In the ever-evolving realm of Super Nintendo gaming, titles steadily ascend in value, a trend that can be a vexing reality for ardent collectors. This surge is further compounded by the prudent guardianship of cherished pieces, leading to a dwindling pool of well-preserved games and a subsequent uptick in value for those still “in the wild.”
Boxed Super Nintendo games, nestled within the UK market, typically range from a modest £10 to a princely £300, contingent on the title’s provenance. The lion’s share comfortably nestles in the £20 to £60 echelon. One might intuit that the zenith of this price spectrum is reserved for the crème de la crème in terms of gameplay, but such a correlation isn’t invariably observed.
Market worth often hinges on the initial volume of releases, multiplied by their allure. Curiously, there are instances where subpar games command loftier prices, spurred by their perceived import within the gaming community.
A case in point: ‘Mega Man Soccer,’ a game unquestionably overshadowed by its peers, like ‘Sensible Soccer,’ yet enthusiasts, myself included, willingly shell out a premium, driven by the quest for completion in their 16-bit ‘Mega Man’ collections. So, if market value doesn’t unfailingly align with quality, where does that leave the realm of budget-friendly games? If pricier doesn’t necessarily equate to superior, does the converse hold true for more affordable alternatives?
Unearthing a Bargain
Embarking on an experimental venture, I embarked on a quest to secure the most economically priced complete game box I could unearth on the eBay marketplace. After winnowing out football-centric titles and those already in my possession, my sights homed in on a Japanese edition of ‘Side Pocket,’ procured at the rather paltry expense of 99 pence, postage included.
One can only imagine the seller’s chagrin at parting with their wares for such a meager sum – a transaction scarcely covering the cost of dispatching the game. When the package arrived, my expectations remained cautiously muted; after all, if ‘Side Pocket‘ boasted commendable gameplay, why had it eluded the discerning radar of my fellow retro collectors?
A Virtual Game of Pool
As the digital embodiment of Pool, the quintessential tavern amusement, ‘Side Pocket’ adopts an aerial perspective, faithfully adhering to the tenets of the actual sport. Players alternate turns, employing a cue to propel a white ball toward other hued counterparts on the table, steering them into pockets dotting the periphery.
Prior to sinking the coveted 8-ball, players must first pocket their own assortment, culminating in a victorious dénouement. This premise, universally recognized, has found myriad digital incarnations across home computers and consoles preceding the advent of the Super Nintendo rendition.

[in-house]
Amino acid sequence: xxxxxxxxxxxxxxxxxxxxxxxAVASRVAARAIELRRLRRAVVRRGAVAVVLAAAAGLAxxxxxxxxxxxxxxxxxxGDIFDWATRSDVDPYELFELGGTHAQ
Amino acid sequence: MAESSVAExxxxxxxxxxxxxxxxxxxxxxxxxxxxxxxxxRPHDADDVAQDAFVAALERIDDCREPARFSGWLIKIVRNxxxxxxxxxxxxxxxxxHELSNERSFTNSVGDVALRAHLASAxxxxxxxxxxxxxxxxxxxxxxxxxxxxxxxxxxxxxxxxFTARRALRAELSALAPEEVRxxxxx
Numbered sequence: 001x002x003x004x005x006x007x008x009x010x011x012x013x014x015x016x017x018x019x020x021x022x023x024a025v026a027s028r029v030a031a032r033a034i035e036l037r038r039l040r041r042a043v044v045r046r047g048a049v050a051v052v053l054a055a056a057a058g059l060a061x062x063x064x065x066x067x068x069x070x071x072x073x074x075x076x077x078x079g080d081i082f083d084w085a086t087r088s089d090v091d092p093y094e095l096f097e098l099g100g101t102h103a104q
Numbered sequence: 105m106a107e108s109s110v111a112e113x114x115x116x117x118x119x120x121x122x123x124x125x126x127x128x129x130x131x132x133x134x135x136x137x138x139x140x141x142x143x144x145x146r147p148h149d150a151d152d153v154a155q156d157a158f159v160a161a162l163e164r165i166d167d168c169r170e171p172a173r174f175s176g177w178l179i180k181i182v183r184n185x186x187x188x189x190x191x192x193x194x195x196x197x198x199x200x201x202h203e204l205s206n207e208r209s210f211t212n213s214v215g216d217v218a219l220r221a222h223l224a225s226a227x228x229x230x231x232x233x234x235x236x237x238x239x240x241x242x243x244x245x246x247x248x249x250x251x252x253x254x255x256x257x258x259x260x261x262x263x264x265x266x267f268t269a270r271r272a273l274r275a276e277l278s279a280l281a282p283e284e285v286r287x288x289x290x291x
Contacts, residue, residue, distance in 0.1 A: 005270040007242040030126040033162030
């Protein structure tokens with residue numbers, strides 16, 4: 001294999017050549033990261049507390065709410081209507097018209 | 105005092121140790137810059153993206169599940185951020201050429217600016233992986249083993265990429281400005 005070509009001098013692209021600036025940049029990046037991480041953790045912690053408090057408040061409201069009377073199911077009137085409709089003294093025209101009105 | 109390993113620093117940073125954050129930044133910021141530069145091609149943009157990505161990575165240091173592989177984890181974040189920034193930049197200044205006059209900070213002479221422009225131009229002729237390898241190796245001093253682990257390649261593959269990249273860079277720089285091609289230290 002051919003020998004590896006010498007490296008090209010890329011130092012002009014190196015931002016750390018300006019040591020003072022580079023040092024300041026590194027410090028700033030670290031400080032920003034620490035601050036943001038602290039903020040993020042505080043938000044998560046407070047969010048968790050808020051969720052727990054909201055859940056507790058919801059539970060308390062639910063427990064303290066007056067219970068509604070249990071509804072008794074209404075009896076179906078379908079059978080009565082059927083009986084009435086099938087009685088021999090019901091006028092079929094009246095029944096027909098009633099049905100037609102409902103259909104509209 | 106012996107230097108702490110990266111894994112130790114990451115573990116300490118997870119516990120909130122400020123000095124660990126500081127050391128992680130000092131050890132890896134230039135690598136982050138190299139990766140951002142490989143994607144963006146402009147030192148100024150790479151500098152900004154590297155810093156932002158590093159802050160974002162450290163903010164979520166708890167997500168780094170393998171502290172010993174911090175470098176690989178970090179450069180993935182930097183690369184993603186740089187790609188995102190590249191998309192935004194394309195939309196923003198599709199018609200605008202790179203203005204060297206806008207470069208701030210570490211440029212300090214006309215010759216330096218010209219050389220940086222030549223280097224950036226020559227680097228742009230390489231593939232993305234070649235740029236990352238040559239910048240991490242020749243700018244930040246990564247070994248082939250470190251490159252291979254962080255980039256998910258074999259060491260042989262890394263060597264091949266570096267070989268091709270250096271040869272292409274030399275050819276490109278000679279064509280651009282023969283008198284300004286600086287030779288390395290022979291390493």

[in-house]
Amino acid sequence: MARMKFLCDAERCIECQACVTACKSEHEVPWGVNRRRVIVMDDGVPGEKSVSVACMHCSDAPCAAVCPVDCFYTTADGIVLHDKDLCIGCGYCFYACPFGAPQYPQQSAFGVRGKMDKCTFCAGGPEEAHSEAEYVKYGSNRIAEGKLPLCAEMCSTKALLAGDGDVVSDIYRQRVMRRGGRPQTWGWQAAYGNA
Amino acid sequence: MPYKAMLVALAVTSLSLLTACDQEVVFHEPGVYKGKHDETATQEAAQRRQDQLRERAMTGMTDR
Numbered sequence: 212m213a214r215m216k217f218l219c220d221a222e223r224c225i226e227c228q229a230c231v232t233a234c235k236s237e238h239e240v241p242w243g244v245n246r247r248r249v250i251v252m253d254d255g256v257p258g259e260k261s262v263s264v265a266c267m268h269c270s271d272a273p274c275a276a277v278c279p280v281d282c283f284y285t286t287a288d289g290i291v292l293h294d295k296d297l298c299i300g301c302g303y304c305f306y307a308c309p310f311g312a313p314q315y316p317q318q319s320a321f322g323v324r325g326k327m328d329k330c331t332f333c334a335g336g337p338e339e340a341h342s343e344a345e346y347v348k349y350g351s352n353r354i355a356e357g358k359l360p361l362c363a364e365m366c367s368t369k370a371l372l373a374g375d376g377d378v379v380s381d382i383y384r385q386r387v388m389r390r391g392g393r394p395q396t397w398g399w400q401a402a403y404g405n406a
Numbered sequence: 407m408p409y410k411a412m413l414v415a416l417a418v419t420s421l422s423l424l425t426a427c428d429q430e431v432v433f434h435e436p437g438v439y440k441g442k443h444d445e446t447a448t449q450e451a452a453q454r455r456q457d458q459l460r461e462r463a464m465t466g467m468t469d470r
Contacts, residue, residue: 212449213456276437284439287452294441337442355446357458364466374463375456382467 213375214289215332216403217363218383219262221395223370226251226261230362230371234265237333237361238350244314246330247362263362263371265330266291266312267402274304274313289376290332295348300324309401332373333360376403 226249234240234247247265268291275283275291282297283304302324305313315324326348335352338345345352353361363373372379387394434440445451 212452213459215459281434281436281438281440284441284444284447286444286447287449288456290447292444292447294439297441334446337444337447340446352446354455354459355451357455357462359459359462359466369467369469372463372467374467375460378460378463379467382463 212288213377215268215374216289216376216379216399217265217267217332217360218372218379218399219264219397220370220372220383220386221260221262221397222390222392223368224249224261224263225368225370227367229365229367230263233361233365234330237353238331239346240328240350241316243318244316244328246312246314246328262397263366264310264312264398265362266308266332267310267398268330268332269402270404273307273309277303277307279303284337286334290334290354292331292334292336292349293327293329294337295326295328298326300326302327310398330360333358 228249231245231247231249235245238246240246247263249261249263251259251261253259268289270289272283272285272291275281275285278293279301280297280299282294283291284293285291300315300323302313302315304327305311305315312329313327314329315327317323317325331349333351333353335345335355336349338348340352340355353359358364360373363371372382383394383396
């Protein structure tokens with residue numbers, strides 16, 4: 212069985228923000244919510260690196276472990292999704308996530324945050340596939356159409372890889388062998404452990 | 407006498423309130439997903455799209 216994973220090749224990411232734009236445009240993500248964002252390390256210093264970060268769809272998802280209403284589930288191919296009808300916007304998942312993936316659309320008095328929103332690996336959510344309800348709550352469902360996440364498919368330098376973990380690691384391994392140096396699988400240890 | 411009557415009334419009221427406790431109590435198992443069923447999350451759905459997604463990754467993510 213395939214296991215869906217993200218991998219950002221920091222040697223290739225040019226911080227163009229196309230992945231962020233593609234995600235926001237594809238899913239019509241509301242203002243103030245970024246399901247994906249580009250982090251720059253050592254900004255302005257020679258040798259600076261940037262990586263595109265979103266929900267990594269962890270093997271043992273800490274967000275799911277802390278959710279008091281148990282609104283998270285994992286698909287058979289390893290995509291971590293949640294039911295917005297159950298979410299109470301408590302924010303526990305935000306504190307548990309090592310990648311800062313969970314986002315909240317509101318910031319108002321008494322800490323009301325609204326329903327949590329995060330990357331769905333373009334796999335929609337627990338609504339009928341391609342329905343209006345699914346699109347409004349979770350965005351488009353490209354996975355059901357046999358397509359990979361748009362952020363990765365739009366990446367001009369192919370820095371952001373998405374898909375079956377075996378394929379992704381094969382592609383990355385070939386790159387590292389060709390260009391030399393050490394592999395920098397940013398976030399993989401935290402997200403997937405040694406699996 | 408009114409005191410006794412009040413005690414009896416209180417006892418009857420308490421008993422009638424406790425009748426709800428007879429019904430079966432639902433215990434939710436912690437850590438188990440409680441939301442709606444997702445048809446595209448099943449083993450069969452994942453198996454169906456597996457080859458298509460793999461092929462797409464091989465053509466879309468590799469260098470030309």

Diverging from ‘Championship Pool,’ another title gracing the Super Nintendo, ‘Side Pocket’ bestows an unprecedented degree of command over your cue and by extension, the white ball. Sporting an incandescent trajectory line dictating your forthcoming shot, a potency gauge permitting modulation of strike force, and even the capacity for spin, ‘Side Pocket‘ mirrors the myriad stratagems one can employ with a veritable pool ball.
Furthermore, akin to the actual sport, Side Pocket’ accommodates dual-player participation, a facet extolled by James Leach of Super Play, who regards the multiplayer mode as “the great crowd puller. Beating another human at a decent game is the best thing you can do with your Super Nintendo, as everyone knows.” Despite the multifarious shot selections at your disposal, the game remains eminently accessible and swiftly embraced.
Rack ’em up and sink your way to victory – Side Pocket brings pool to life!
Novices needn’t grapple with the nuances of controls, as revelry abounds in merely executing strikes, with even sporadic, overpowering shots culminating in a gratifying cascade of balls traversing the table’s expanse. ‘Side Pocket‘ traces its origins back to the arcade milieu, a lineage that might account for its surprisingly comprehensive single-player mode.
Albeit the foundational concept of pocketing balls holds sway, progression hinges on specific prerequisites. Players grapple with constraints on the frequency of misses, and as qualifying scores for subsequent stages mount, the imperative to pocket balls sans falter escalates.
Advancing stages even necessitates sequential pocketing, entailing increasingly intricate shots – ricocheting the white ball off cushions and orchestrating calculated interactions with other spheres. Thus, the game’s semblance begins to shift from a sports simulator to a puzzle-oriented enigma, a transformation underscored by its visual aesthetics.
Bedecked in vivid, unadulterated hues and radiant orbs, ‘Side Pocket’ pivots toward functional pragmatism rather than photorealistic fidelity. Contemporary counterparts in the realm of Pool strive for realism, leveraging real-time shadows, licensed tables, and even dust physics, leveraging cutting-edge technology to attain unparalleled authenticity.
In stark contrast, ‘Side Pocket’ eschews any ostentatious recourse to mode 7, eschewing even sprite scaling that might afford players a closer scrutiny of the balls. Such visual artifices were a hallmark of the Amiga classic ‘Archer MacLean’s Pool,’ a contemporary release that sought to exploit similar graphical wizardry. Yet, does ‘Side Pocket’ necessitate such embellishments? Arguably not. Unlike ‘Archer MacLean’s Pool,’ ‘Side Pocket’ doesn’t strive for un
Play Side Pocket Anywhere, Anytime
Experience the fun of ‘Side Pocket’ on our website, compatible with mobile devices and tablets, ensuring the pool hall is always at your fingertips.